A phytools user recently contacted me to report differences between several
different functions in R to estimate ancestral states at internal nodes for
continuous characters using likelihood.

Since I had no idea to expect this, I ran a quick comparison of
`ace(method="ML")`

, `fastAnc`

, and `anc.ML`

.
Ostensibly, all three methods are performing ML estimation assuming a
Brownian model of evolutionary change. The only difference is the method
of optimization. `fastAnc`

, for example, using a 're-rooting
method' in which the tree is re-rooted at every internal node and the
contrasts algorithm is used to obtain the ML state for that node.
`anc.ML`

, also in phytools, uses numerical optimization - but
initiates the search using the values from `fastAnc`

.

It occurred to me immediately that the problem may be related not to the
implementation of the model, but rather to the simple issue of numerical
optimization. Here is a demo suggesting that this could indeed be the case:

```
library(phytools)
## tiny example:
tree<-pbtree(n=26,tip.label=LETTERS)
x<-fastBM(tree)
fit1<-ace(x,tree,type="continuous",method="ML")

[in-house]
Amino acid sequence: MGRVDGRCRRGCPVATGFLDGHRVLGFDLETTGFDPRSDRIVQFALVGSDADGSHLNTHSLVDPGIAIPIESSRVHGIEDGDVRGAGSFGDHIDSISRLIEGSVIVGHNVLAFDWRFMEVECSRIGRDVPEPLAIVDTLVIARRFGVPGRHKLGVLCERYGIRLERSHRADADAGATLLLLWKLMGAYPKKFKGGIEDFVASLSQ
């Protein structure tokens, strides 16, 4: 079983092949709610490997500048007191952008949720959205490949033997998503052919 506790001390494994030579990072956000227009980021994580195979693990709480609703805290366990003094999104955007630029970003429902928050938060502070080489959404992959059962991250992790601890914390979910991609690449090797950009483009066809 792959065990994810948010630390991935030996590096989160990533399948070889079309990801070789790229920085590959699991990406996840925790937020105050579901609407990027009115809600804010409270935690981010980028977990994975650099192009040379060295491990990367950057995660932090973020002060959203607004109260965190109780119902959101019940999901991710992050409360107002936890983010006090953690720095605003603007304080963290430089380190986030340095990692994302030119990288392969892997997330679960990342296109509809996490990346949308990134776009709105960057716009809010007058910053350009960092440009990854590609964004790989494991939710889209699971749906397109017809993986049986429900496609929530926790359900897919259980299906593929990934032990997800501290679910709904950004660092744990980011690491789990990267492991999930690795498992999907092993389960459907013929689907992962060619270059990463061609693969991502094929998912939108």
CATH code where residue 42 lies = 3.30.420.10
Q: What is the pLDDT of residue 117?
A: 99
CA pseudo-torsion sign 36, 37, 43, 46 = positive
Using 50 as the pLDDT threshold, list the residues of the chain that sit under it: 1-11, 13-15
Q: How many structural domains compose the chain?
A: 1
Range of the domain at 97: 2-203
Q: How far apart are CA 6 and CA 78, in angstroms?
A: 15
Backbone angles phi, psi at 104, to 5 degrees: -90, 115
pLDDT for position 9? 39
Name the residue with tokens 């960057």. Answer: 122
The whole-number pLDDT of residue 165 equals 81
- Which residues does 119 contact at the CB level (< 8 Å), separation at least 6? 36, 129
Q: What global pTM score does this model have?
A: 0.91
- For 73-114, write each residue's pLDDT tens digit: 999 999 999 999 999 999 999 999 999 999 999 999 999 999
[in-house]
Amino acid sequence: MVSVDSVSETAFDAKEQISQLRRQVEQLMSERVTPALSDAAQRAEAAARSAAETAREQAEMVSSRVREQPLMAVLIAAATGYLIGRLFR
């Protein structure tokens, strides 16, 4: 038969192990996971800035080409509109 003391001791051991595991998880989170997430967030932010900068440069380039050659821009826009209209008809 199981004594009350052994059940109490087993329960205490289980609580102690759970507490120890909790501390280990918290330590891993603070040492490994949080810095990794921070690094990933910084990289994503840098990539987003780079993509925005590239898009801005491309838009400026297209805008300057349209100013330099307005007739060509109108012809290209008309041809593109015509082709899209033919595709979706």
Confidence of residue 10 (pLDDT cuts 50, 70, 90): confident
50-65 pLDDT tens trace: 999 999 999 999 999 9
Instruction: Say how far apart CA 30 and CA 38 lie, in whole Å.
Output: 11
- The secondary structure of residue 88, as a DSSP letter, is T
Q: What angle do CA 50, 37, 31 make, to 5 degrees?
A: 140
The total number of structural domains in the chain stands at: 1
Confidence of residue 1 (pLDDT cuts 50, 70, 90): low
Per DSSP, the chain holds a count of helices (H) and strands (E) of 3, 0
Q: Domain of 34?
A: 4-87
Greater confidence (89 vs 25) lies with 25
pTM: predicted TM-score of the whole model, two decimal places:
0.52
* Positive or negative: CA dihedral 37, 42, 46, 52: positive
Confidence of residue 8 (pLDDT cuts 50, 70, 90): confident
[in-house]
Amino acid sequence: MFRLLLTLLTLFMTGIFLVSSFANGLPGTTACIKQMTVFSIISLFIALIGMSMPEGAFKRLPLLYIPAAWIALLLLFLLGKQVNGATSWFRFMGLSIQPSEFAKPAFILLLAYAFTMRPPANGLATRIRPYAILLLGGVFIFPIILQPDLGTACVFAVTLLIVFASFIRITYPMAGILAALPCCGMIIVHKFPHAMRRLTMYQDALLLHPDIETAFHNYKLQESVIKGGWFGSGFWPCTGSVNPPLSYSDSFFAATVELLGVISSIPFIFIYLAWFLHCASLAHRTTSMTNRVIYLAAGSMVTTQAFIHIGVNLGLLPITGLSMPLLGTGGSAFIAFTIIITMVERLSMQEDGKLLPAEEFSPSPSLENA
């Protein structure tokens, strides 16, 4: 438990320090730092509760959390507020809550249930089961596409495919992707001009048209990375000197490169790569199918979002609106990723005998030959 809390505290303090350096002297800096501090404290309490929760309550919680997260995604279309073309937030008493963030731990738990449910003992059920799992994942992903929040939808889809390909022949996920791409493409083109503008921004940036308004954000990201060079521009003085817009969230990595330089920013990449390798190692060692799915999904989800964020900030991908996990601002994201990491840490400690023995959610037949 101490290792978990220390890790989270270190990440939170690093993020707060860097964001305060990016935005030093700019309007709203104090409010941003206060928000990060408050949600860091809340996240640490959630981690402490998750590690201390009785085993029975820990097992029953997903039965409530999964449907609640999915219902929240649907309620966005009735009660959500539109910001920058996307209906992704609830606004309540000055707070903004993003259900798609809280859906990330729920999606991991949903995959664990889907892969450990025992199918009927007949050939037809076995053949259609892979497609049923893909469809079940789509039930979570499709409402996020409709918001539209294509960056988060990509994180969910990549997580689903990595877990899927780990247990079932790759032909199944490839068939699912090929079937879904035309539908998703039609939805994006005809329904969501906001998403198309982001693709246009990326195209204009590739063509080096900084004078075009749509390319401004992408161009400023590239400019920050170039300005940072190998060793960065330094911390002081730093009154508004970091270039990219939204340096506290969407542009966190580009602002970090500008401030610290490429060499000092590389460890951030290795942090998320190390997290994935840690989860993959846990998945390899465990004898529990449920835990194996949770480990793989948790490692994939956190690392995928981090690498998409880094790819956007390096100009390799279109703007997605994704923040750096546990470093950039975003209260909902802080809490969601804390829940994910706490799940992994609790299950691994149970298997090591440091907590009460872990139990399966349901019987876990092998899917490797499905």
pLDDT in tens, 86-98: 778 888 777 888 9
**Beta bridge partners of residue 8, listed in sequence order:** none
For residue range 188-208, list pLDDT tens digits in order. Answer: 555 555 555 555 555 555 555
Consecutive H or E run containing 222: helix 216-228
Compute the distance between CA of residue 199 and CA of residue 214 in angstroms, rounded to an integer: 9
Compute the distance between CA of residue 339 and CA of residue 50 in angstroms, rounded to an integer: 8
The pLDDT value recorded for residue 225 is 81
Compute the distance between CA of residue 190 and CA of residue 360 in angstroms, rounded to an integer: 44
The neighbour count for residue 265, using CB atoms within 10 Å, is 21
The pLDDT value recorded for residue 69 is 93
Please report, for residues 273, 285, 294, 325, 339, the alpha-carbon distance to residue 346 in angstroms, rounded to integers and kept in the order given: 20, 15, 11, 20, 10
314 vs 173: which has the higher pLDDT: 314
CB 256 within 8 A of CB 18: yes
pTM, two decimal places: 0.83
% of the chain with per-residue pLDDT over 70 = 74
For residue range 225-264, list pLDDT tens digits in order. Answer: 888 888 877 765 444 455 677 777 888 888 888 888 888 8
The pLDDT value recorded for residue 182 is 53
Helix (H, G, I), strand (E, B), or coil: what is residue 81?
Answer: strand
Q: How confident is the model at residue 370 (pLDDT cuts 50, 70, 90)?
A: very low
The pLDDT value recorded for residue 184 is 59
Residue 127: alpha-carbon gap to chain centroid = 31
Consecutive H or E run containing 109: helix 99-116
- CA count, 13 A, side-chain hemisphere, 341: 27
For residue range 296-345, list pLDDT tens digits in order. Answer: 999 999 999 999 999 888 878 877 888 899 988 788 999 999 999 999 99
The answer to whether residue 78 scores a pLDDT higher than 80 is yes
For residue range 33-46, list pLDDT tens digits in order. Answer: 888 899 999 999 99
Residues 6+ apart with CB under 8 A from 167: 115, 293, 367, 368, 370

fit2<-fastAnc(tree,x,vars=TRUE,CI=TRUE)
fit3<-anc.ML(tree,x)
obj<-cbind(fit1$ace,fit2$ace,fit3$ace)
colnames(obj)<-c("ace(method=\"ML\")","fastAnc","anc.ML")
pairs(obj,pch=21,bg="grey",cex=1.5)
```

```
## small example
tree<-pbtree(n=100)
x<-fastBM(tree)
fit1<-ace(x,tree,type="continuous",method="ML")
fit2<-fastAnc(tree,x,vars=TRUE,CI=TRUE)
fit3<-anc.ML(tree,x)
obj<-cbind(fit1$ace,fit2$ace,fit3$ace)
colnames(obj)<-c("ace(method=\"ML\")","fastAnc","anc.ML")
pairs(obj,pch=21,bg="grey",cex=1.5)
```

```
## medium example
tree<-pbtree(n=200)
x<-fastBM(tree)
fit1<-ace(x,tree,type="continuous",method="ML")
fit2<-fastAnc(tree,x,vars=TRUE,CI=TRUE)
fit3<-anc.ML(tree,x)
obj<-cbind(fit1$ace,fit2$ace,fit3$ace)
colnames(obj)<-c("ace(method=\"ML\")","fastAnc","anc.ML")
pairs(obj,pch=21,bg="grey",cex=1.5)
```

```
## large example:
tree<-pbtree(n=1000)
x<-fastBM(tree)
fit1<-ace(x,tree,type="continuous",method="ML")
```

```
## Warning in sqrt(diag(solve(h))): NaNs produced
```

```
fit2<-fastAnc(tree,x,vars=TRUE,CI=TRUE)
fit3<-anc.ML(tree,x)
obj<-cbind(fit1$ace,fit2$ace,fit3$ace)
colnames(obj)<-c("ace(method=\"ML\")","fastAnc","anc.ML")
pairs(obj,pch=21,bg="grey",cex=1.5)
```

What we should see is that the results are identical for 'tiny' and
relatively modest-sized trees, but go awry for large & possibly medium-sized
trees where the number of parameters (the states at all the nodes) really
explodes. This might suggest that the problem is with numerical optimization
on large trees, rather than an issue with how the model is implemented or how
the likelihood computed.

This should serve as a reminder that any method depending on numerical
optimization is only as good as its optimization routine.